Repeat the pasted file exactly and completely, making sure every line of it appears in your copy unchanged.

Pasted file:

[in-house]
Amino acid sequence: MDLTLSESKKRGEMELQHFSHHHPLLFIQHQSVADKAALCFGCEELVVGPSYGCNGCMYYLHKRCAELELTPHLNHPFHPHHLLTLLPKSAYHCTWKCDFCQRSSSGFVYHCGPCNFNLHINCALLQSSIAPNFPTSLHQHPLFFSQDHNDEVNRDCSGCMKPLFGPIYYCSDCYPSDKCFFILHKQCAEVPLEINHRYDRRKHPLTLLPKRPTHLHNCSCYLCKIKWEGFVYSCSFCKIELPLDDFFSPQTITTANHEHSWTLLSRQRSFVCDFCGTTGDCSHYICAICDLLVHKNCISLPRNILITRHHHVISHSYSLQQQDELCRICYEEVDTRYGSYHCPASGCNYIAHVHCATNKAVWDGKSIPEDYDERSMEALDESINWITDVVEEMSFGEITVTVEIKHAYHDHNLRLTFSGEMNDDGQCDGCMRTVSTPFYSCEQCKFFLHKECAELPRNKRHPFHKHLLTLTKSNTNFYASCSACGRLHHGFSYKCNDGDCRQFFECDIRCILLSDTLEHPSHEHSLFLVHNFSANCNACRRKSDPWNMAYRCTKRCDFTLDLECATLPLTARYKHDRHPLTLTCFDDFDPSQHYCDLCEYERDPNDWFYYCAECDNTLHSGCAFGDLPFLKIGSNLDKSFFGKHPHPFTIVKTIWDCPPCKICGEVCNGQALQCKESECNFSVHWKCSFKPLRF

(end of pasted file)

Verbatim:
[in-house]
Amino acid sequence: MDLTLSESKKRGEMELQHFSHHHPLLFIQHQSVADKAALCFGCEELVVGPSYGCNGCMYYLHKRCAELELTPHLNHPFHPHHLLTLLPKSAYHCTWKCDFCQRSSSGFVYHCGPCNFNLHINCALLQSSIAPNFPTSLHQHPLFFSQDHNDEVNRDCSGCMKPLFGPIYYCSDCYPSDKCFFILHKQCAEVPLEINHRYDRRKHPLTLLPKRPTHLHNCSCYLCKIKWEGFVYSCSFCKIELPLDDFFSPQTITTANHEHSWTLLSRQRSFVCDFCGTTGDCSHYICAICDLLVHKNCISLPRNILITRHHHVISHSYSLQQQDELCRICYEEVDTRYGSYHCPASGCNYIAHVHCATNKAVWDGKSIPEDYDERSMEALDESINWITDVVEEMSFGEITVTVEIKHAYHDHNLRLTFSGEMNDDGQCDGCMRTVSTPFYSCEQCKFFLHKECAELPRNKRHPFHKHLLTLTKSNTNFYASCSACGRLHHGFSYKCNDGDCRQFFECDIRCILLSDTLEHPSHEHSLFLVHNFSANCNACRRKSDPWNMAYRCTKRCDFTLDLECATLPLTARYKHDRHPLTLTCFDDFDPSQHYCDLCEYERDPNDWFYYCAECDNTLHSGCAFGDLPFLKIGSNLDKSFFGKHPHPFTIVKTIWDCPPCKICGEVCNGQALQCKESECNFSVHWKCSFKPLRF